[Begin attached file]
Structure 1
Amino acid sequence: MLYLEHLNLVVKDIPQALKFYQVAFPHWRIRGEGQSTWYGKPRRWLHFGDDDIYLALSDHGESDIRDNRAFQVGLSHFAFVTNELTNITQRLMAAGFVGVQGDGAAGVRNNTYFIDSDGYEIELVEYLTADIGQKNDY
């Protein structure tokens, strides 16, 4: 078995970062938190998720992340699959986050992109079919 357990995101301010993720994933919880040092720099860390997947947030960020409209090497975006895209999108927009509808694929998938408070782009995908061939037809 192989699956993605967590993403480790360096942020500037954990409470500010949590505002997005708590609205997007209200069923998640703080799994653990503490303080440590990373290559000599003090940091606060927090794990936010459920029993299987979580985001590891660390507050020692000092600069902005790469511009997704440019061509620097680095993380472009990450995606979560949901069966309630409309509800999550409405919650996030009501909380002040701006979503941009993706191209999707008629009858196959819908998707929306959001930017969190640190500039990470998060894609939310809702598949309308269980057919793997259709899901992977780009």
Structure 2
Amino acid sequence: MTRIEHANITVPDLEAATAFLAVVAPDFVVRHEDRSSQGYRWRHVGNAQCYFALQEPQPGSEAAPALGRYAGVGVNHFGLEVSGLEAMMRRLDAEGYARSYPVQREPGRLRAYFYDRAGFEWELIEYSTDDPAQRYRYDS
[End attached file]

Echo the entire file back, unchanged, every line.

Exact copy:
Structure 1
Amino acid sequence: MLYLEHLNLVVKDIPQALKFYQVAFPHWRIRGEGQSTWYGKPRRWLHFGDDDIYLALSDHGESDIRDNRAFQVGLSHFAFVTNELTNITQRLMAAGFVGVQGDGAAGVRNNTYFIDSDGYEIELVEYLTADIGQKNDY
């Protein structure tokens, strides 16, 4: 078995970062938190998720992340699959986050992109079919 357990995101301010993720994933919880040092720099860390997947947030960020409209090497975006895209999108927009509808694929998938408070782009995908061939037809 192989699956993605967590993403480790360096942020500037954990409470500010949590505002997005708590609205997007209200069923998640703080799994653990503490303080440590990373290559000599003090940091606060927090794990936010459920029993299987979580985001590891660390507050020692000092600069902005790469511009997704440019061509620097680095993380472009990450995606979560949901069966309630409309509800999550409405919650996030009501909380002040701006979503941009993706191209999707008629009858196959819908998707929306959001930017969190640190500039990470998060894609939310809702598949309308269980057919793997259709899901992977780009």
Structure 2
Amino acid sequence: MTRIEHANITVPDLEAATAFLAVVAPDFVVRHEDRSSQGYRWRHVGNAQCYFALQEPQPGSEAAPALGRYAGVGVNHFGLEVSGLEAMMRRLDAEGYARSYPVQREPGRLRAYFYDRAGFEWELIEYSTDDPAQRYRYDS